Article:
The Trustees of the University of California met at UC Riverside on Friday, January 27 for a series of meetings highlighting the campus’s role in promoting economic growth through technological development, agricultural innovation and public health.
The Board heard from campus leaders, researchers, students and community leaders about UCR’s important role in transforming the region in multiple areas and was asked to continue or expand their support . They also toured the interdisciplinary research building and met an entrepreneur developing technology for a new startup in his life sciences incubator.
In the morning session, the Regent’s Task Force on Innovation Transfer and Entrepreneurship focused on the UCR’s role as a regional economic engine. In the afternoon, the Regent’s Public Engagement and Development Committee discussed how the medical school is working to reduce health inequalities.
The regents last met on campus in 2020, when the board held a town hall during the search for the UC president. The Regent’s last regular meeting on campus was his 2012.
Regent Lark Park, chair of the Regents Special Committee on Innovation Transfer and Entrepreneurship, said several projects, from leading the country in student social mobility, to new capital improvement projects completed or underway, such as a new medical school. He praised the progress UCR has made in terms of Business building school.
“This is a veritable army of change and innovation with incredibly far-reaching impact,” she said.
“We are proud of what this campus has achieved over the past decade,” added Lark.
Regent Janet Reilly, chair of the Public Engagement and Development Committee, said it was exciting and rewarding to see and hear how UCR is developing solutions to local problems. . These discussions will inform how the regent can help support the campus, she said.
“This campus has a unique energy and a pioneering spirit,” she said. “There’s real drive and excitement about what the future holds. Coming here always lifts me up.”
President Kim A. Wilcox welcomed the Regent to a presentation on the Office of Technology Partnerships’ engagement with students, faculty, and businesses, along with Rodolfo Torres, Vice Chancellor for Research and Economic Development, and Rocibel Ochoa, Vice Chancellor for Technology Partnerships . and community.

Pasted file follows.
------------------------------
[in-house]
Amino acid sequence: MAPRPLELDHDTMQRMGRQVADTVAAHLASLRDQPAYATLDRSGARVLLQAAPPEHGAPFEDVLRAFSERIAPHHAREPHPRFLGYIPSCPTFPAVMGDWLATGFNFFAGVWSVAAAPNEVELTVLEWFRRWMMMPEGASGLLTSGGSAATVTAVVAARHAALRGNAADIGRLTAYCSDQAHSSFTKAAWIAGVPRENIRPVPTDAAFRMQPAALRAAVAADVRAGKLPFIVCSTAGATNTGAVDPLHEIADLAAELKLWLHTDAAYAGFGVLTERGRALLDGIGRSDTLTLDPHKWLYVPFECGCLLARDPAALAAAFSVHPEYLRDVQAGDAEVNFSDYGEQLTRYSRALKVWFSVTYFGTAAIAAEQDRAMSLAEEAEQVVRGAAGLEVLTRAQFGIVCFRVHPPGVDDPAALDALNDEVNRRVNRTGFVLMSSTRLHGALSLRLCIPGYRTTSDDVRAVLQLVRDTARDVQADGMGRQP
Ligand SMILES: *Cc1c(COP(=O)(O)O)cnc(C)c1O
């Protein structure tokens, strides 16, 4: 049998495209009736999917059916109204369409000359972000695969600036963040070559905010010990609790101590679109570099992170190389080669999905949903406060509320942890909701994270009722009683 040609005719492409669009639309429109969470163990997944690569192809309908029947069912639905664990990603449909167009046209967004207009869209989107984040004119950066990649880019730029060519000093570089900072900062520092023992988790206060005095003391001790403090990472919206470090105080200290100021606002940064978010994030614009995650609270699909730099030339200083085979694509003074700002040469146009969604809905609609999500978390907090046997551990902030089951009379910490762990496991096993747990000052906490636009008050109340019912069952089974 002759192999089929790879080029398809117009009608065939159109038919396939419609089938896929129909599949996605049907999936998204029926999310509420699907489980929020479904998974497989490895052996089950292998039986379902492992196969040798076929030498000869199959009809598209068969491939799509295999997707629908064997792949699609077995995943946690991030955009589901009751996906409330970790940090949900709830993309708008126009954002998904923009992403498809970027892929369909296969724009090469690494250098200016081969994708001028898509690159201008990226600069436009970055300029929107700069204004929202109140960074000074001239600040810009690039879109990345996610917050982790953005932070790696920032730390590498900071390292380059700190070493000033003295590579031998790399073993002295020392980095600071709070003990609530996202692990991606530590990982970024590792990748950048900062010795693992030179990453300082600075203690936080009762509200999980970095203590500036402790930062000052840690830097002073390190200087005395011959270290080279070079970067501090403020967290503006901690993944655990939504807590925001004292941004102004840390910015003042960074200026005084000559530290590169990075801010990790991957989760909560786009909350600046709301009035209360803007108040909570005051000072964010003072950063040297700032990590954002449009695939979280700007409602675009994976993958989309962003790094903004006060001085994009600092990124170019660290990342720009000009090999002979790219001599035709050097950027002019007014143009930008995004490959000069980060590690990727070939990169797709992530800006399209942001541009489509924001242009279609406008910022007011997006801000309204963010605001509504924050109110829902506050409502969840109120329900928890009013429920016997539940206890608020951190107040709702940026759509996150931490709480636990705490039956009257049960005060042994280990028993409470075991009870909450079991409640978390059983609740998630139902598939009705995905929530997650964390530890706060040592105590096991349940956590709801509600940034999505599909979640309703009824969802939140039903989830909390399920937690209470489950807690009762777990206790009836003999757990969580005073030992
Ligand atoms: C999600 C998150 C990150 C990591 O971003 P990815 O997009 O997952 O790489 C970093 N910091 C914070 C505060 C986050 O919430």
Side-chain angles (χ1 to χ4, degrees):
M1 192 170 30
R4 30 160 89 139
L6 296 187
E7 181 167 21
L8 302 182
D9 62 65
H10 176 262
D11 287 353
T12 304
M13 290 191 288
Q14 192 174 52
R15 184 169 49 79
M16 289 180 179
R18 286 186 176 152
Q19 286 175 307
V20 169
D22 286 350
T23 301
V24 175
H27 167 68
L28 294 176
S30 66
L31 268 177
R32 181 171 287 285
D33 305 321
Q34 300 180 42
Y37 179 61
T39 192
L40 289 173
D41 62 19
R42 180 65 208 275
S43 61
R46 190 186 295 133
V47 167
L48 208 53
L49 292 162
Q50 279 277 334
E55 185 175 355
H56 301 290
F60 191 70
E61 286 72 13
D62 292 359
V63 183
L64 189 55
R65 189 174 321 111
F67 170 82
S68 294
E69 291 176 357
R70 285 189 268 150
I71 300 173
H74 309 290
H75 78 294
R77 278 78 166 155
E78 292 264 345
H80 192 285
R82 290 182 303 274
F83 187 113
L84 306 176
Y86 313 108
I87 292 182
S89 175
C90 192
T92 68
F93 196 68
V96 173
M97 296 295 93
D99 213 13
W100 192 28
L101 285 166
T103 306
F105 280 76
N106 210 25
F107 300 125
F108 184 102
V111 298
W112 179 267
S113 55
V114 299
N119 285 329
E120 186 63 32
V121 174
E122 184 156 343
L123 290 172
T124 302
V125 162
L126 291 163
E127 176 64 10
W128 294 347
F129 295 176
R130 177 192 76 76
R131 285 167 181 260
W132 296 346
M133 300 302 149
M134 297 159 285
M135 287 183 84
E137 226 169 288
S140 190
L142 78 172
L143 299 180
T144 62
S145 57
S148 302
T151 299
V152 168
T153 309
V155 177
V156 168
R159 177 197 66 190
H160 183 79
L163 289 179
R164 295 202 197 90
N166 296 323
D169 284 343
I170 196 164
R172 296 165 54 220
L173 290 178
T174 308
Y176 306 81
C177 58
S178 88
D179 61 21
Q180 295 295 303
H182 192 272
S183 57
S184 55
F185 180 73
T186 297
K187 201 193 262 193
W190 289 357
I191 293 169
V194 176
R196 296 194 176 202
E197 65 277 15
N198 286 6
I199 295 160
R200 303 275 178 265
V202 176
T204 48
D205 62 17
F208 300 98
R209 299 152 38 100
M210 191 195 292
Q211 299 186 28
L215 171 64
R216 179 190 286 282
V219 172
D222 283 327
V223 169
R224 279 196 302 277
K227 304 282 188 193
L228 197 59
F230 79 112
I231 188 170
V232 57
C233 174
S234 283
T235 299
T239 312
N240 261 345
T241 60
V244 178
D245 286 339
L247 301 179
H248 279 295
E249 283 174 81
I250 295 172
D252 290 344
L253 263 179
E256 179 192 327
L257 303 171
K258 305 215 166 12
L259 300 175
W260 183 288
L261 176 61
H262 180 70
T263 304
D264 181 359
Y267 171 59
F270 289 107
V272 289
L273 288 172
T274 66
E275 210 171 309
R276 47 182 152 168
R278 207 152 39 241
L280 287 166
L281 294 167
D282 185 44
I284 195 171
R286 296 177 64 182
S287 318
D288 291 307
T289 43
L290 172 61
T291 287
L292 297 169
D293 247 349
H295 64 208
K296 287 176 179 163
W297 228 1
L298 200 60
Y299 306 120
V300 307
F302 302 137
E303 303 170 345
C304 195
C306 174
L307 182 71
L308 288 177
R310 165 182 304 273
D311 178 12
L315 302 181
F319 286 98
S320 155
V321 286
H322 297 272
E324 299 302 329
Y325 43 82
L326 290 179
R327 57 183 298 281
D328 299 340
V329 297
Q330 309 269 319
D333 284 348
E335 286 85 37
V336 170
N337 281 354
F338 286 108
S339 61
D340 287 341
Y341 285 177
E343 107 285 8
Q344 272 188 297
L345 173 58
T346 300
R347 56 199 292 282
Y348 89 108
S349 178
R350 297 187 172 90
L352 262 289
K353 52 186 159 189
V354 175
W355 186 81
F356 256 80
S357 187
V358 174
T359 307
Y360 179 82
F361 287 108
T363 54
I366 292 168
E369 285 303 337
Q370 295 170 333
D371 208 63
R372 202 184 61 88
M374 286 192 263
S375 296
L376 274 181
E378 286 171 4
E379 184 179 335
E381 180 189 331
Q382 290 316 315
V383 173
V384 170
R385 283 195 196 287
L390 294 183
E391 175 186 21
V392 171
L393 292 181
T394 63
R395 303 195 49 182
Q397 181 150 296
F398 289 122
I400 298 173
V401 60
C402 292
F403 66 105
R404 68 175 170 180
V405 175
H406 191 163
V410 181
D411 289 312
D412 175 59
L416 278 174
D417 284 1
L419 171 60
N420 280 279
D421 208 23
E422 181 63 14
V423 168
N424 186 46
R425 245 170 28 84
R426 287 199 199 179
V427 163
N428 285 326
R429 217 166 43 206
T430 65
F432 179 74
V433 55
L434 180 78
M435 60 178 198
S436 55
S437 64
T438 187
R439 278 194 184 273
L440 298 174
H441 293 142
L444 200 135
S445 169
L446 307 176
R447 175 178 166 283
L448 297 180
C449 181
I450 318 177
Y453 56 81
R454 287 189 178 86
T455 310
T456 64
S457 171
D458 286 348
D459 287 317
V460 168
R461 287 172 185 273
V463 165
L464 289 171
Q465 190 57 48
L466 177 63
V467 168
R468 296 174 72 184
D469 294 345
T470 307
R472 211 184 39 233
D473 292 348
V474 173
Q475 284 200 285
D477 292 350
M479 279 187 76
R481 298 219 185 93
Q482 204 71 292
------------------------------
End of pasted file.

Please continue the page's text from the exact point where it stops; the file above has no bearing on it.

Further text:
“It means a lot to us to show what’s going on,” Wilcox said. “This is a team sport and I want to applaud where we are.”
Wilcox cites the campus’s economic clout as the site being a citrus testing ground before UCR was founded. He said his influence grew in the decades that followed. For example, the Tango Mandarin, developed by UCR researchers, is now sold in over 50 countries, making him one of his most profitable UC inventions.
According to Wilcox, the campus will pursue future areas of innovation in agriculture, air quality and clean energy in an inclusive, environmentally and economically sustainable manner, and build on its research heritage. It is based on.
“We now have a chance to shape the future in a growth area,” he said.
Planned UCR projects include the OASIS Clean Technology Park adjacent to the new California Air Resources Board facility and the Northside Agricultural Innovation Center to develop climate-smart solutions in agriculture. A training lab will soon open at the Palm Desert campus to analyze lithium and other important minerals used in electric vehicle batteries and other clean technologies.
Torres described how the Office of Technology Partnerships works with students, faculty, and entrepreneurs to support new technology research through on- and off-campus incubators, proof-of-concept grants, and training programs.
“We are leveraging our local assets and talent to develop, attract and commercialize innovation here at the Inland Empire to help shape the future of California and beyond,” said Torres. increase. “With limited resources, we worked with multiple stakeholders to identify solutions to many of the region’s problems.”
In the area of public health, the Regent heard how the medical school, which celebrates its 10th anniversary this year, is addressing the region’s doctor shortage by training future doctors. Construction is underway on Teaching Wing II of the state-funded medical school, which could open and train more students by the fall.
“We enroll students who lived in the Inland Empire, lived here at some point, and then came back to the Inland Empire,” said Mark and Pam, vice president of health sciences and UCR School of Medicine. Dr. Deborah Dieth, Dean of Rubin said. of medicine.
But Deeds and state senator Richard Ross, a strong supporter of the medical school, said access to clinical training should be expanded for medical students as enrollment increases. It has partnerships with 17 local hospitals and clinics, but Deas says it faces increasing competition for these slots.
Roth said he wants to keep the school stable to better fulfill its mission of reaching underserved people and transforming the workforce.
“We have built a strong foundation for development and community engagement, but we still have work to do,” he said.
Finally, the Regent heard how UCR’s science-to-policy program can place science students in internships and fellowships with legislators to influence public policy. In 2018 she started with 5 students and now has 40 participants a year.
“We need scientists who can communicate the impact of science to the wider public and policy makers,” said Susan Hackwood, program director. Founding Dean of Bourns College of Engineering.